Could smartphones replace your customers’ PCs?
It’s not as crazy as it might sound. If a new forecast is right, smartphones will soon sport folding screens, 5G, biometrics and other features that will make them powerful alternatives to laptops.
On the other hand, a new survey finds consumer satisfaction with PCs holding steady and high. For certain tasks, it turns out, the PC still rules.
What’s your take? To help you decide, here’s a tech provider’s update:
Better control of customer data. More secure systems. And 2 new versions of the Surface Hub. That's some of what's heating up Microsoft Ignite 2018.
Ignite is Microsoft's conference for IT implementers and influencers, enterprise developers and data professionals. The 2018 edition is being held this week in Orlando, Fla., and the Microsoft presenters include CEO Satya Nadella, Azure VP Julia White and CTO Mark Russinovich.
Here’s some of what’s already heated up at Microsoft Ignite 2018:
Don’t believe the (bad) hype. That’s Dell Technologies’ new message to investors regarding the PC business. It’s a good message for tech providers, too.
What the big financial-services firms know about cybersecurity could help keep your SMB customers’ systems and data safer and more secure.
The fall 2018 edition of the Intel Virtual Technology Conference is coming on Oct. 11.
Register to attend by end-of-day this Wednesday, Sept. 19, and you’ll earn double the training credits for your participation.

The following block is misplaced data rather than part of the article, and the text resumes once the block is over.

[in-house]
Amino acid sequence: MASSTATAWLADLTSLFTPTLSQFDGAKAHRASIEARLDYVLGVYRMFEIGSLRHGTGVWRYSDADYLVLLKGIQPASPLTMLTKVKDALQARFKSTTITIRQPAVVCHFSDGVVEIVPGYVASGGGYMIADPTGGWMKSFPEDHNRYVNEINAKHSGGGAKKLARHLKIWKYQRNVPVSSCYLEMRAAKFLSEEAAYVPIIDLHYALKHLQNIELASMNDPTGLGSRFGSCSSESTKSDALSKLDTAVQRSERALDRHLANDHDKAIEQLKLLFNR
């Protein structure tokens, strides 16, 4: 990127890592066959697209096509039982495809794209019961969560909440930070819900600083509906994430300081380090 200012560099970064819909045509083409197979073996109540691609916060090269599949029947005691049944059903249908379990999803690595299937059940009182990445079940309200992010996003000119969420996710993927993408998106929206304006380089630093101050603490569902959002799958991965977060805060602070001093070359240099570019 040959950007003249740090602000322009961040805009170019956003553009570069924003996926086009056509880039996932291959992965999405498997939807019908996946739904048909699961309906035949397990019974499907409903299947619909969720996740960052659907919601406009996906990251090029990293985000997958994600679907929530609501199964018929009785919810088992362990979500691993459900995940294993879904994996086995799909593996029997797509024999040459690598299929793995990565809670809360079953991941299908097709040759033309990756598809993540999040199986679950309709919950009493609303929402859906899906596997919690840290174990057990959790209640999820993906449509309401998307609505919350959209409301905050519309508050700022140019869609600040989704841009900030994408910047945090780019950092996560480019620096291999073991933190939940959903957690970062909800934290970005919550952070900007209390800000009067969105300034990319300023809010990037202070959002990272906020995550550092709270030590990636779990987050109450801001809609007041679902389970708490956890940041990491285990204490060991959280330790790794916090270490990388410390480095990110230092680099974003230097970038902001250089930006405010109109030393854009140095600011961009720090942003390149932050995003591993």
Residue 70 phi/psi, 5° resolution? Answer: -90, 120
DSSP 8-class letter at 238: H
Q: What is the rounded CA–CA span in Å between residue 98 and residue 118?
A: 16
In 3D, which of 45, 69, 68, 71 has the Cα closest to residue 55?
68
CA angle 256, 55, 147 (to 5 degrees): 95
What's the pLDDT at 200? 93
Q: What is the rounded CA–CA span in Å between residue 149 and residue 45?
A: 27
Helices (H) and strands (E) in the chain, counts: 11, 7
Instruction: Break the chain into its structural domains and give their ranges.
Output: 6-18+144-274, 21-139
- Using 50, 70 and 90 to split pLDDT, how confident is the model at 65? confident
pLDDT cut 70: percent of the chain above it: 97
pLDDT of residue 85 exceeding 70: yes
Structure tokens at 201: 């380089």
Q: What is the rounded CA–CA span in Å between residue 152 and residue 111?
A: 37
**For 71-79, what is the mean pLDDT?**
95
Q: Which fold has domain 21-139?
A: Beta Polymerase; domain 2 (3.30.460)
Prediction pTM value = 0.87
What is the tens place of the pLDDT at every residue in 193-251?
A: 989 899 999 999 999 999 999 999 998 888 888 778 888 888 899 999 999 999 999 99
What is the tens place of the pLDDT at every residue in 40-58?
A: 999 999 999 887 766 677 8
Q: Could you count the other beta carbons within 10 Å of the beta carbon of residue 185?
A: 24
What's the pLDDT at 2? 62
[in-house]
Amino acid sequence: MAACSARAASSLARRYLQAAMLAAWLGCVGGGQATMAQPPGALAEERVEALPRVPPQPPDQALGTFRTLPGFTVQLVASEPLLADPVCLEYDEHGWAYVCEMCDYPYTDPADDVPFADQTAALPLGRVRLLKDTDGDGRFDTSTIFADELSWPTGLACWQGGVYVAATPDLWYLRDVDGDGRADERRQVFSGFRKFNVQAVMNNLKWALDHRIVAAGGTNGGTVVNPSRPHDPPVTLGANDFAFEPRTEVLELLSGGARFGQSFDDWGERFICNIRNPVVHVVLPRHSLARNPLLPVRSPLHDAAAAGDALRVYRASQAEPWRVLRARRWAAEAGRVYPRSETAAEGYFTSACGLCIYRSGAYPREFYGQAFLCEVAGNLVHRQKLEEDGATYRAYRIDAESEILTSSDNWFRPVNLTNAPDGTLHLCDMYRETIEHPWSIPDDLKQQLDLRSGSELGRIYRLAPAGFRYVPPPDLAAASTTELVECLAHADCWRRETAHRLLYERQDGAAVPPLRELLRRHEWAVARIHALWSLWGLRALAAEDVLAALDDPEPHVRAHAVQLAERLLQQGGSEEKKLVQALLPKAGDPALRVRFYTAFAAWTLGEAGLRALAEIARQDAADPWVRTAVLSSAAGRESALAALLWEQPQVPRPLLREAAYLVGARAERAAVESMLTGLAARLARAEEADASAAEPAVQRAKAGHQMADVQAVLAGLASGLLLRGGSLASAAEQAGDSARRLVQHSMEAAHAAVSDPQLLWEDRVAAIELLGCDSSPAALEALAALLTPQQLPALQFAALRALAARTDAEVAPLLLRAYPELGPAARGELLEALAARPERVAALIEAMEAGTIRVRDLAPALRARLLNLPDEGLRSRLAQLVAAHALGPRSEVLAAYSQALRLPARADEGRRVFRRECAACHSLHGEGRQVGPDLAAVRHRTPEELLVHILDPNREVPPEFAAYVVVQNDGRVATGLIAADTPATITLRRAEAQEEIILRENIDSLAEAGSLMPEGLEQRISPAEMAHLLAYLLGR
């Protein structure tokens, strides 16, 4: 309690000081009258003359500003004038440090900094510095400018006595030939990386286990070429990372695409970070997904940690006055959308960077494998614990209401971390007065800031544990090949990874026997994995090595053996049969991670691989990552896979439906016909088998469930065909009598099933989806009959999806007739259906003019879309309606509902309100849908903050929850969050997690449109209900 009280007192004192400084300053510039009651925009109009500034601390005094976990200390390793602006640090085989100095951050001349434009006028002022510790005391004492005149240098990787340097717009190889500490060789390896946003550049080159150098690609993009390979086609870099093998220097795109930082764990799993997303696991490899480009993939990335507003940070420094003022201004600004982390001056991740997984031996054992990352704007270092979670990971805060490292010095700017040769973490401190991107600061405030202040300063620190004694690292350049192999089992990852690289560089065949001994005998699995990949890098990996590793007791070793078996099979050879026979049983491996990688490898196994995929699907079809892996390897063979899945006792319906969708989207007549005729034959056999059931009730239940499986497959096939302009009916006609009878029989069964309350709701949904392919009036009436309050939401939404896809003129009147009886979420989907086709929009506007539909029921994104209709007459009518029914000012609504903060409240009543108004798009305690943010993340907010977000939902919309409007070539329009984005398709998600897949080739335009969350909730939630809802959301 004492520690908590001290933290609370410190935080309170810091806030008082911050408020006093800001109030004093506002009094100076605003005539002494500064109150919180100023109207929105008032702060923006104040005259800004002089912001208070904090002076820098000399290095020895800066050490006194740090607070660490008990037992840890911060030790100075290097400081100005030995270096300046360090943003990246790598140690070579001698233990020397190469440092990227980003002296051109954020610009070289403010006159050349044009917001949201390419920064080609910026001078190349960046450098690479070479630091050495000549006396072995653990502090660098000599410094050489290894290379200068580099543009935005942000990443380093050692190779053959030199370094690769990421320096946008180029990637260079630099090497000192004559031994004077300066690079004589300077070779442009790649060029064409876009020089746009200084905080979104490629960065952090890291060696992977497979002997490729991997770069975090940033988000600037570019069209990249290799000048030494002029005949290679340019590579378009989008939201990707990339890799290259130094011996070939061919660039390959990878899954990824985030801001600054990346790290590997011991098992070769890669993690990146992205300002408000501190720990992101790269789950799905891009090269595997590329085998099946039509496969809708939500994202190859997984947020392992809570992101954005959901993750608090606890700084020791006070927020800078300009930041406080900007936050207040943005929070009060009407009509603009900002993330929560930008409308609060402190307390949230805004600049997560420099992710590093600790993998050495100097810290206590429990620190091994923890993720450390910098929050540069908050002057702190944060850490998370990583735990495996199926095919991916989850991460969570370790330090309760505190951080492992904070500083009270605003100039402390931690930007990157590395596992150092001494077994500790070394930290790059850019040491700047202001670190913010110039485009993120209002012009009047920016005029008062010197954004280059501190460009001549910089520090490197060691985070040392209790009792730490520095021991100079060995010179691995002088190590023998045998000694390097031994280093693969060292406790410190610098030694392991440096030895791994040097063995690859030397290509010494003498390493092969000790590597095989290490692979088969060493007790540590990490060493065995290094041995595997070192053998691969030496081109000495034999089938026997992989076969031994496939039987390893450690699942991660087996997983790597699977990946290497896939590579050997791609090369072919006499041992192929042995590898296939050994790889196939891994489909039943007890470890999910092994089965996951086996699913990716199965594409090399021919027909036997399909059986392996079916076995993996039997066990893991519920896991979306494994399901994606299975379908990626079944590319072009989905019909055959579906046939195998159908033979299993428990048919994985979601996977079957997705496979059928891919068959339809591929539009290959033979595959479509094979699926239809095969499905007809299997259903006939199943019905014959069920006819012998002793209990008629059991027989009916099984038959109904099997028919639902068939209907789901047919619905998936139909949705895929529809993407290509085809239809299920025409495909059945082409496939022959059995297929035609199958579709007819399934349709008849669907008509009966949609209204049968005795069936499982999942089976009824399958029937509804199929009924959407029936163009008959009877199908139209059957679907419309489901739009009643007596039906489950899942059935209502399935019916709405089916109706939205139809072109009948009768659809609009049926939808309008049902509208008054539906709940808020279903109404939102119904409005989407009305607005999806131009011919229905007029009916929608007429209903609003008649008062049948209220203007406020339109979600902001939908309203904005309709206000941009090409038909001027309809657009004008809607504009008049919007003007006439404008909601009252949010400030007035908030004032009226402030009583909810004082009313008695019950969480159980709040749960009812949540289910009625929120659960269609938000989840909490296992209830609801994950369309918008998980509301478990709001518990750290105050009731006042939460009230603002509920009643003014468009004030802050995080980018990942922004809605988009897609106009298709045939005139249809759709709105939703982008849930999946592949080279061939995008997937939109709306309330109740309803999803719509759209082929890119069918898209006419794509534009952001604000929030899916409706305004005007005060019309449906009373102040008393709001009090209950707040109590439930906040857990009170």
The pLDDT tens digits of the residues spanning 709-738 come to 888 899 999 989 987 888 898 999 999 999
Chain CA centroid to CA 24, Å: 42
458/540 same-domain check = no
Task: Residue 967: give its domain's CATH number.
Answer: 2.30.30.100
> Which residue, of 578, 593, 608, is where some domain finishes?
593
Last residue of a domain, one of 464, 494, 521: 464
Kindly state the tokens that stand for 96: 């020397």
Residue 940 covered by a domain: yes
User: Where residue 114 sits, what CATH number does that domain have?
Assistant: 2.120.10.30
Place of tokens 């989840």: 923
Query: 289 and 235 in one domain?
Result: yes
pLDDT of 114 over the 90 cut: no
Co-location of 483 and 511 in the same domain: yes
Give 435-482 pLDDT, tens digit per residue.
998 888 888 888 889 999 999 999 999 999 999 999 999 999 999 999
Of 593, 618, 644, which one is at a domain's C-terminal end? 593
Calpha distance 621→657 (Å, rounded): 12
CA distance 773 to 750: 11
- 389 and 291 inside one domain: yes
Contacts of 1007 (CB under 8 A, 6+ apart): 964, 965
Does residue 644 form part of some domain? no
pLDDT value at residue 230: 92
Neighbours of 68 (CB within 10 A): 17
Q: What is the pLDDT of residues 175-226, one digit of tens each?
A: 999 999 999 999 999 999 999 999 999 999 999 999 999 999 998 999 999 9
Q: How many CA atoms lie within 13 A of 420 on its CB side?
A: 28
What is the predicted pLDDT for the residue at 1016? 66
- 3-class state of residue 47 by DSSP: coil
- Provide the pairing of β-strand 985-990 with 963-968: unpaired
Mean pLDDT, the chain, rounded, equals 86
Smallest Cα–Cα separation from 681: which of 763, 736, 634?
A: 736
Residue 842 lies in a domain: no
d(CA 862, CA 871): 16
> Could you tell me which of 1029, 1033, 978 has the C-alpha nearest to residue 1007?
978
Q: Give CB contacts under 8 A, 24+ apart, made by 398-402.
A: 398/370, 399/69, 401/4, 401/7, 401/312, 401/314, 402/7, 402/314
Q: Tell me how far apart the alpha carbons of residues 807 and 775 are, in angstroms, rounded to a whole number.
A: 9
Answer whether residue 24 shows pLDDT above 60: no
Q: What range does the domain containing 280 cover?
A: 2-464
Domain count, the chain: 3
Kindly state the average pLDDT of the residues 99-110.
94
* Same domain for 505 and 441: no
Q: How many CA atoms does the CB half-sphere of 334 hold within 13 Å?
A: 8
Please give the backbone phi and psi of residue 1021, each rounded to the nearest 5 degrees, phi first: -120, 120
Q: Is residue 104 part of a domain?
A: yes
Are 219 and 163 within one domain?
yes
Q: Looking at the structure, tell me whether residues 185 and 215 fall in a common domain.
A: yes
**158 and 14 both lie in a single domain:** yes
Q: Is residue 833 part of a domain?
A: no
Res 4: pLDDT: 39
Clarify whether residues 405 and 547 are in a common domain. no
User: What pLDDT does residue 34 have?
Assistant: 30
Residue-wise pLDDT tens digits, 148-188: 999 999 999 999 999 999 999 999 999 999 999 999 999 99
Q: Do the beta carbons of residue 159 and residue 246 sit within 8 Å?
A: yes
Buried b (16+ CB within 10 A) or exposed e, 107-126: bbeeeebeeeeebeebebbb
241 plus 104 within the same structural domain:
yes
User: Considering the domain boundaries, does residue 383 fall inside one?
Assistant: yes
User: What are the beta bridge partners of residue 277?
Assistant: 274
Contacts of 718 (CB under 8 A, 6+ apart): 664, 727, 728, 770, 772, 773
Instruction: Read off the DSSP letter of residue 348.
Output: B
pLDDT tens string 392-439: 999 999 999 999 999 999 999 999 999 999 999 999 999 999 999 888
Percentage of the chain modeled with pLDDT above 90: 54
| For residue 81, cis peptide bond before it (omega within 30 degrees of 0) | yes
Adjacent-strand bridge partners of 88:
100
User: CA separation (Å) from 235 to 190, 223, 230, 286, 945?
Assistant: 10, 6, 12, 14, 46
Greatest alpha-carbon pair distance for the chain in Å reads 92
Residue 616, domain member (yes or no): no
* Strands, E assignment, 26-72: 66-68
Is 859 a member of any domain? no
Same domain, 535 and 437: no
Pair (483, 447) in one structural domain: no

The Intel Virtual Technology Conference is a bi-annual online conference developed for Intel tech providers. If you design, recommend, distribute or resell Intel products or solutions, this conference is for you.
Nearly two-thirds of large organizations are into blockchain. Sales of public-cloud services are poised to grow 21% this year. And wearables, already popular, are going through a transition that could propel them to even greater sales.
That’s some of the latest market intelligence from leading IT analysts. Here’s your tech provider’s update.
Wearables taking off
Does this sound familiar? You have a great product, with millions of units installed. Yet sales have pretty much stopped growing.
Believe it or not, this describe Apple’s iPhone. Unit sales of the phones in Apple’s last financial quarter grew by less than 1%. In a business culture that thrives on growth, that’s a problem.
Yet revenue from the iPhone surged in the same quarter by an impressive 20%. How did Apple do it?
There’s a phenomenon known as the “consumerization of IT.” It’s the way consumer technology finds its way into the workplace. We’ve seen this most recently as people bring their personal smartphones and tablets to work. It’s part of the whole BYOD (bring your own device) movement.
Channel partners are much less excited by vendor programs than they were just 2 years ago. Security teams are inundated. The skills needed for digital transformation are scarce. And managing multigenerational workforces is hard for a reason.
These are findings from some of the latest IT research and market analysis. Here’s your tech provider’s update:
Vendor channel programs
Your customers now have a bunch of powerful new PC options.
Four top hardware suppliers — ASUS, Dell, Lenovo and Toshiba — have just introduced new laptops, 2-in-1s, all-in-ones and Chromebooks powered by the latest 8th Gen Intel Core processors.
Here’s your tech provider’s update: